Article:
Also see Lorie Ann's review of this book in her June 15th post. We reviewed the same book without realizing each other had chosen it. I think this speaks well for this book.

Silly Suzy Goose
Petr Horacek, author-illustrator
board book
Candlewick Press, 2006

~ reviewed by Joan Holub, author

Friday, July 17, 2009

Poetry Friday: Hush You Mice!

I love uncovering these nursery rhymes from other lands! Mama Lisa is a great resource. Today's is from Russia and translated by Natalia, with an appearance by Angelina Ballerina.

Hush You Mice!

Mice are dancing in a round,
On a bench a cat is sleeping.
"Hush, you mice, don't make such noise
Or you'll wake up Vaska Cat
Vaska Cat will jump and leap
And will spoil and break your round."

Catch the roundup with Becky Laney at Becky's Book Reviews.

Sunday, July 12, 2009

readertotz CHALLENGE: Name that Board Book Award...

*waving to you from ALA*

When Joan and I began readertotz, our mission was to raise the profile of board and novelty books while challenging writers to contribute their very best for the youngest readers. Our long term goal is to see an award created for the very first books that ignite a love of reading.

Here at ALA, we are celebrating the Newbery, Caldecott, Printz, and other prestigious awards. Why not an award for the best board book published?

Today, July 12th, 2009, Joan and I put forward two names for the first board book award for literary and artistic merit:

The Nordstrom Award
Shall we honor Ursula Nordstrom, (1910-1988) the amazing editor-in-chief of Harper & Row from 1940-1973, who edited Margaret Wise Brown's Goodnight Moon, our country's most beloved board book today? True, the book was originally 32 pages, and only took the board book form in 1991, but no one can contest what Ursula contributed to children's literature. And this board book will stand for generations.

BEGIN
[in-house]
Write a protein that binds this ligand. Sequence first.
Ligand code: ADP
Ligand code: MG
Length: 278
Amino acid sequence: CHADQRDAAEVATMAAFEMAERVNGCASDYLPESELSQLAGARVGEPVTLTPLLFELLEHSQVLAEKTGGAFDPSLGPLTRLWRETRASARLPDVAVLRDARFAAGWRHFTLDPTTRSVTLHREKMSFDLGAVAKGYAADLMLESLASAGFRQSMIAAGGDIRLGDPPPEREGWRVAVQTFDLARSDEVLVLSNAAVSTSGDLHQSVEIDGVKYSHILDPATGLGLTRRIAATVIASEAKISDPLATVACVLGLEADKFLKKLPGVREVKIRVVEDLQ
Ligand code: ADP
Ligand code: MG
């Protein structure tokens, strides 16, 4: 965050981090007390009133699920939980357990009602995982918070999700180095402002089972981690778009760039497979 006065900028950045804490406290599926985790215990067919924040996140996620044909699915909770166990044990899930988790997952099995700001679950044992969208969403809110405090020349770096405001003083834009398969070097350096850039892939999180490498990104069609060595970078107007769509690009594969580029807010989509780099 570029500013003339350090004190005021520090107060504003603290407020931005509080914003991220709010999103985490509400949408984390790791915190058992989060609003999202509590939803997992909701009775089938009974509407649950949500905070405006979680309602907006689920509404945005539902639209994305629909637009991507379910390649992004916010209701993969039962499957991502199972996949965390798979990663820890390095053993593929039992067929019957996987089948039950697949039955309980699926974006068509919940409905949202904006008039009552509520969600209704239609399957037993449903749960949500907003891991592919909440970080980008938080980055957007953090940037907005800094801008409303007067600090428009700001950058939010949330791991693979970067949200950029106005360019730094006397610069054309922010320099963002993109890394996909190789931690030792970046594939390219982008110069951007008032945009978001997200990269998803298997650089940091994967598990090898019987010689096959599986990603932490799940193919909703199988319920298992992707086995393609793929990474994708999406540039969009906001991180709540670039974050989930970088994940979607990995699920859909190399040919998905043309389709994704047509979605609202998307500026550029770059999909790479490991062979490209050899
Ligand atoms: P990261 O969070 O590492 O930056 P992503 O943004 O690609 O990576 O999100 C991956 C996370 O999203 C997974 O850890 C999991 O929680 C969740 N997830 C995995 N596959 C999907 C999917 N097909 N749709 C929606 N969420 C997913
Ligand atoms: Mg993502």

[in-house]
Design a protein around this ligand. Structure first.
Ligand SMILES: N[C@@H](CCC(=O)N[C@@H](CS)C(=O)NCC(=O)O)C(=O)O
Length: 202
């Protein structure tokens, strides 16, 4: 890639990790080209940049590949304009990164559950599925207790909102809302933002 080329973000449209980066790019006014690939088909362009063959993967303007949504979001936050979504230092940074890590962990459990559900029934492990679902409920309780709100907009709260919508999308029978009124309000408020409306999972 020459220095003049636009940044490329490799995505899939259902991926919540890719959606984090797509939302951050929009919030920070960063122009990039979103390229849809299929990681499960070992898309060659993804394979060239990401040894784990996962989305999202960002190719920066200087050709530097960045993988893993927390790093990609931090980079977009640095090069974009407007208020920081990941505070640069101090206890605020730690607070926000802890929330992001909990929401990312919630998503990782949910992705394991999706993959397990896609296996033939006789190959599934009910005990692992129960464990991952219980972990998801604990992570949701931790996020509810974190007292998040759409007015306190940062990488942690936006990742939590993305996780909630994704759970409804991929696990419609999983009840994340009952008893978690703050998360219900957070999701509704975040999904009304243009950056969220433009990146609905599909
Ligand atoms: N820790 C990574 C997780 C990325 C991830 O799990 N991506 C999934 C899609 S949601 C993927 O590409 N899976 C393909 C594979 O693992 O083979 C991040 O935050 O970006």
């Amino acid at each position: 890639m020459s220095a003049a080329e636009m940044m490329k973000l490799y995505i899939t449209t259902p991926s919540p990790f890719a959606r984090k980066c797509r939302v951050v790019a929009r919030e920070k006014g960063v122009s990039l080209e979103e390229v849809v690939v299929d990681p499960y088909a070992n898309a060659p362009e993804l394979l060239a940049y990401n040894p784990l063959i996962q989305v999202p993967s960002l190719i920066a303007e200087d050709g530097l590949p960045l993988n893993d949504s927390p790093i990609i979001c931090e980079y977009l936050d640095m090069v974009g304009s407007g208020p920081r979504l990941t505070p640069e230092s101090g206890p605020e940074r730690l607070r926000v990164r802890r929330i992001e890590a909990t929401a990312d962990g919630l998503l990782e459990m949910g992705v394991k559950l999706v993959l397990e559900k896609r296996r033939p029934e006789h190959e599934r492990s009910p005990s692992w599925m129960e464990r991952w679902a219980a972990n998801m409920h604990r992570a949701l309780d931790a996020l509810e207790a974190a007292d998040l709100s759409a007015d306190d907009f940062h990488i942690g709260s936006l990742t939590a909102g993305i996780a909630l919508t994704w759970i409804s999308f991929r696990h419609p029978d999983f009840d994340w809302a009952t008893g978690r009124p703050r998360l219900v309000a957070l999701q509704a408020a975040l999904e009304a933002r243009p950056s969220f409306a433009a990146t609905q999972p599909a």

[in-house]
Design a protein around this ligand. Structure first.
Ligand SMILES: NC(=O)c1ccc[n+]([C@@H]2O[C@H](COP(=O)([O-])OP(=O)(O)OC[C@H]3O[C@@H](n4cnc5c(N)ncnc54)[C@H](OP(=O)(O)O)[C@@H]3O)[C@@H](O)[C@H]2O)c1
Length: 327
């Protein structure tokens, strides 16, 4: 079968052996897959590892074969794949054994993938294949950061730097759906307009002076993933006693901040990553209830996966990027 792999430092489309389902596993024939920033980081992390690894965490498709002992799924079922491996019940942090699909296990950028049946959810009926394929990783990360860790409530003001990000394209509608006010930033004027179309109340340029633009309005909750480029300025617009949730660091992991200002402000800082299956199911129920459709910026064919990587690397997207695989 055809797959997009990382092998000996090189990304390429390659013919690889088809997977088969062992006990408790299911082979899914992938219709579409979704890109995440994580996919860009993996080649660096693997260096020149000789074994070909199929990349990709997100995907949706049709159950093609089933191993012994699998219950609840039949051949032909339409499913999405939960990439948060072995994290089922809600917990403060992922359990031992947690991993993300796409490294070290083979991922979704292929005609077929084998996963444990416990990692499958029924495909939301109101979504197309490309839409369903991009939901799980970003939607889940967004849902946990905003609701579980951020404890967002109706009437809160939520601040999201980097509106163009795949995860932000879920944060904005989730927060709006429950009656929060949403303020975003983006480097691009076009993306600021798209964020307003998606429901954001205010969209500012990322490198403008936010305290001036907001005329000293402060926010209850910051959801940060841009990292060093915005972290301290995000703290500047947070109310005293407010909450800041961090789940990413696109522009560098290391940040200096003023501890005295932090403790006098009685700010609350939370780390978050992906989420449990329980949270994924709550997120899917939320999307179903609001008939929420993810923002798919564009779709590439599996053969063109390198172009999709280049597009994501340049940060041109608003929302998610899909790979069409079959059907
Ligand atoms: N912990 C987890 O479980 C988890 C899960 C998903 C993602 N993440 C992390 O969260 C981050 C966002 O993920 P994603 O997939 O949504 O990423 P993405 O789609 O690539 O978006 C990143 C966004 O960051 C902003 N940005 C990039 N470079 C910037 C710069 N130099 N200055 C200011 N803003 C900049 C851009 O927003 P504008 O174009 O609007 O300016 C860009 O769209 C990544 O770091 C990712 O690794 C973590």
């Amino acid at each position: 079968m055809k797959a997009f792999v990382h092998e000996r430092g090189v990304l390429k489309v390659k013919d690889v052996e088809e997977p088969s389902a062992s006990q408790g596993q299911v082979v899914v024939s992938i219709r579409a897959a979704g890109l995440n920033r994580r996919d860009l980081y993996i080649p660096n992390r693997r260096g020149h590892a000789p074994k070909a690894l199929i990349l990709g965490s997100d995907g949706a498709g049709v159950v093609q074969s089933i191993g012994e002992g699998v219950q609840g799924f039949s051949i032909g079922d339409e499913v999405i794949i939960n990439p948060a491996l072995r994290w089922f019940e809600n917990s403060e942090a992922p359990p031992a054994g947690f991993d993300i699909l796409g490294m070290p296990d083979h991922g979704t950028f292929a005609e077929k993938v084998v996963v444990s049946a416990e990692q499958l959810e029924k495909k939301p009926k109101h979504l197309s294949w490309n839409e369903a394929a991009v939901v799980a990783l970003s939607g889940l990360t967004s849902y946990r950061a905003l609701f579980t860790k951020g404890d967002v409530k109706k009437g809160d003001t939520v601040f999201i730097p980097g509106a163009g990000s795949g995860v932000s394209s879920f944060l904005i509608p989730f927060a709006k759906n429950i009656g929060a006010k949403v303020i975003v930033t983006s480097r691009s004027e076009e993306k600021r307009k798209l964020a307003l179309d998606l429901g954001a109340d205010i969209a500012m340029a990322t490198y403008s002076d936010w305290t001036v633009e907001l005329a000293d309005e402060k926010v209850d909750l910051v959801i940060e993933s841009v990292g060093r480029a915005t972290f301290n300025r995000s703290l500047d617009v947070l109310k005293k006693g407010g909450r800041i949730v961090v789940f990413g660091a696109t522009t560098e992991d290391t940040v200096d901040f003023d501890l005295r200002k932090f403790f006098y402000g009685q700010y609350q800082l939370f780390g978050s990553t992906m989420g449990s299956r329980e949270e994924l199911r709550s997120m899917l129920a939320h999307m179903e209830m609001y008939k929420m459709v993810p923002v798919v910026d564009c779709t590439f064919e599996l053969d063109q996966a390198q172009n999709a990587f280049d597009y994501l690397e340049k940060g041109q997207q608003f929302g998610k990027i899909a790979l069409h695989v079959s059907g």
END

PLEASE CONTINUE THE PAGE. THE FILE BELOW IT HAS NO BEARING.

The Kunhardt Award
We would remember Dorothy Kunhardt the author of Pat the Bunny, possibly the first interactive book for babies. Printed by Random House, Golden Press Golden Books in 1940, the work still generates 250,000 sales a year, rating only second in all time sales behind The Tale of Peter Rabbit. It would be an honor for board book creators to receive The Kunhardt Award, remembering the woman who broke the ground for us today.

Please feel free to repost this entry and generate feedback. Which do you prefer?

And a thought recently came to mind. Is there room in the Cybils awards for board book winners? What do you say? Thanks for your input!

~Lorie Ann Grover, author/illustrator, cofounder of readergirlz and readertotz

Friday, July 10, 2009

More More, More!: April Pulley Sayre at ALA Annual

Hanging at ALA and I ran into April Pulley Sayre, 2008 Geisel Honor Winner for:

Here's the Amazon blurb: